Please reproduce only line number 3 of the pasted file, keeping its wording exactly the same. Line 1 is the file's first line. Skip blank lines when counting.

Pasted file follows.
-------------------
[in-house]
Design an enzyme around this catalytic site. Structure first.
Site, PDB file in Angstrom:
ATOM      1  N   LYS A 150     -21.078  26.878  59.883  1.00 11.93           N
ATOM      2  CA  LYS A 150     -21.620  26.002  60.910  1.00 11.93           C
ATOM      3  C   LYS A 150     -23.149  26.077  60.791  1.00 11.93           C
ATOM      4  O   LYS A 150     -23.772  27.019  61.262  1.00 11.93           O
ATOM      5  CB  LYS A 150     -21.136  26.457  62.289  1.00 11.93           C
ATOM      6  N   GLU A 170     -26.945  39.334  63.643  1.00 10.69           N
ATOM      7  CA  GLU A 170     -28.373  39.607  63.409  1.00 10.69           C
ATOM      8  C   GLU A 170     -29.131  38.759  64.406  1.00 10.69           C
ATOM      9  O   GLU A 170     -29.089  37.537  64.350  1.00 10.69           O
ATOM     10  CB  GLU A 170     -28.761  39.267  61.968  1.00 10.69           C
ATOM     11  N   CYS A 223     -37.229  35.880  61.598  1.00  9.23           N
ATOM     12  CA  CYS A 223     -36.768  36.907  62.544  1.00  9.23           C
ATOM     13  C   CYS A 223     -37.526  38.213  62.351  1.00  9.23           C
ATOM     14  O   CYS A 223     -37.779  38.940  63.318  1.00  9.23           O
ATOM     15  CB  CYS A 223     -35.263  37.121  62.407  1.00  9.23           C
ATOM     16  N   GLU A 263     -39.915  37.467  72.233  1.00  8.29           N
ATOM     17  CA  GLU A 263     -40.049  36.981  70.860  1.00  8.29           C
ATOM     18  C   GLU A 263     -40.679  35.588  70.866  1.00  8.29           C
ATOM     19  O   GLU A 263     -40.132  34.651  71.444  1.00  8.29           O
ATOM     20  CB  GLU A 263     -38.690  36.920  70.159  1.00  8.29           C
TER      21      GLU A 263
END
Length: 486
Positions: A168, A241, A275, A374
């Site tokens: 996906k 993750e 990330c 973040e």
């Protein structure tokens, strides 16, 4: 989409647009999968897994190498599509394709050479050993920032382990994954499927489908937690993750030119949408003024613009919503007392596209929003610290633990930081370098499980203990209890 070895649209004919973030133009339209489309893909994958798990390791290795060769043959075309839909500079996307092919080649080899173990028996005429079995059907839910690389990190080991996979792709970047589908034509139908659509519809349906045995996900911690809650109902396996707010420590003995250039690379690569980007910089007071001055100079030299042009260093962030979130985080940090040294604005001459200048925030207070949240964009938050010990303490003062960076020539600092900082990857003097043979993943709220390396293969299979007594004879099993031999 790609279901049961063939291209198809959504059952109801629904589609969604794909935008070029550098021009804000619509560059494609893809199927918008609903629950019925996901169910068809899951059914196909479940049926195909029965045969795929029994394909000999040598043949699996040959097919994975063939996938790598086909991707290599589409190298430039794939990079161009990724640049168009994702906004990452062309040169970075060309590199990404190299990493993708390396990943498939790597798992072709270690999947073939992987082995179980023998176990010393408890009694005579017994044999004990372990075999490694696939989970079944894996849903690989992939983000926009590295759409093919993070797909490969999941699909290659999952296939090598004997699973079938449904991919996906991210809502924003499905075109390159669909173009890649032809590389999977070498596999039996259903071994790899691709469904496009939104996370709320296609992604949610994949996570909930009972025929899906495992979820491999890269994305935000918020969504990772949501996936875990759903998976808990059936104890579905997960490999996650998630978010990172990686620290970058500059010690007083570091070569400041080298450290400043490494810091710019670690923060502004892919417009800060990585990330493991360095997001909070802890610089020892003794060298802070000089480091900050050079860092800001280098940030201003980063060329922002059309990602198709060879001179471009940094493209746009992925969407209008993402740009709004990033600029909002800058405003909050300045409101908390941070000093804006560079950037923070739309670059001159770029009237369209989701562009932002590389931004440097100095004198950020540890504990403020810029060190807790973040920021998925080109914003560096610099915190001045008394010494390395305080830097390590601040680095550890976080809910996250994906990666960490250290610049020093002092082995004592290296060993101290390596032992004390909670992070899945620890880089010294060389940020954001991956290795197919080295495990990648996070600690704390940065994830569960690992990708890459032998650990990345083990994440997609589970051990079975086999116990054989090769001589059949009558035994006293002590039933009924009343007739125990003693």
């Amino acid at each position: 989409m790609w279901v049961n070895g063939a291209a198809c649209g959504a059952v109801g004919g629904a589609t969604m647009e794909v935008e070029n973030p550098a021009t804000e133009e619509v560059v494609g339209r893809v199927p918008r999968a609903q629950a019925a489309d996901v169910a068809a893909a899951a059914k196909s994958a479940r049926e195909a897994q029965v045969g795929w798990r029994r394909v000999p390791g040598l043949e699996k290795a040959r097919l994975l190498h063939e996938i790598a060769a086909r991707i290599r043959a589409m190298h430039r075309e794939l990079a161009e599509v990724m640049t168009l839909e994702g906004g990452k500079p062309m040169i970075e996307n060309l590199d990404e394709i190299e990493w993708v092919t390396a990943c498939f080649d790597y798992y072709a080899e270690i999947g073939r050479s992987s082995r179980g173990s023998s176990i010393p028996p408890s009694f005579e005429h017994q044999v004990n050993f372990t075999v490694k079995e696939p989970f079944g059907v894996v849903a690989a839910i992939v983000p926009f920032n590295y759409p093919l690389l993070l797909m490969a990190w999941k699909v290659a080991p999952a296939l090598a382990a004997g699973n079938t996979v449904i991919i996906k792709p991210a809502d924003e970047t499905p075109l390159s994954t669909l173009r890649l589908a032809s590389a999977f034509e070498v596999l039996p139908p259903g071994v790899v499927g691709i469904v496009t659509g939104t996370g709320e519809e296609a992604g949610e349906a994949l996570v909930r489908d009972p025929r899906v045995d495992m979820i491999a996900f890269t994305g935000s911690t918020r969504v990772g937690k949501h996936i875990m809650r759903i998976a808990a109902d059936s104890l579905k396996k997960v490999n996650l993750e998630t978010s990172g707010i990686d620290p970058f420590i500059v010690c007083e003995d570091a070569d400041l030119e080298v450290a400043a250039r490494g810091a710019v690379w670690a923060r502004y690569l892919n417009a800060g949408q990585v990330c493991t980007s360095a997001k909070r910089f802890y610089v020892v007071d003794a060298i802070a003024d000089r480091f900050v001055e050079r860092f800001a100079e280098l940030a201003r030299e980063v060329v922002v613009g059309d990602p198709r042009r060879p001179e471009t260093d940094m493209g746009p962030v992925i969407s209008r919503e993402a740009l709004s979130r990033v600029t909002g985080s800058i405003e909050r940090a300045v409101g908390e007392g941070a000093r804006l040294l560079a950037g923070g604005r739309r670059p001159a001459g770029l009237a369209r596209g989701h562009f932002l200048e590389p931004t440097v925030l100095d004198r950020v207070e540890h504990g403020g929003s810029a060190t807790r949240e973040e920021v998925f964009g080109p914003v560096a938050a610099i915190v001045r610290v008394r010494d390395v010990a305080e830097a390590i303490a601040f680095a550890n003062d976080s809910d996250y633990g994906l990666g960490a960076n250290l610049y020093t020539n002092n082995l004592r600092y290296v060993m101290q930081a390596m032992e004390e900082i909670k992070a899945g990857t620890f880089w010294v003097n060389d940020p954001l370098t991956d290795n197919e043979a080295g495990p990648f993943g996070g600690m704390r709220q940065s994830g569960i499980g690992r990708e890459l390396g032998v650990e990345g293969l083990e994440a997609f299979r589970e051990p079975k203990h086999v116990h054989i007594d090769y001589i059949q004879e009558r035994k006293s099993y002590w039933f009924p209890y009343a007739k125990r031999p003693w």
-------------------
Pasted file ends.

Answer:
Site, PDB file in Angstrom: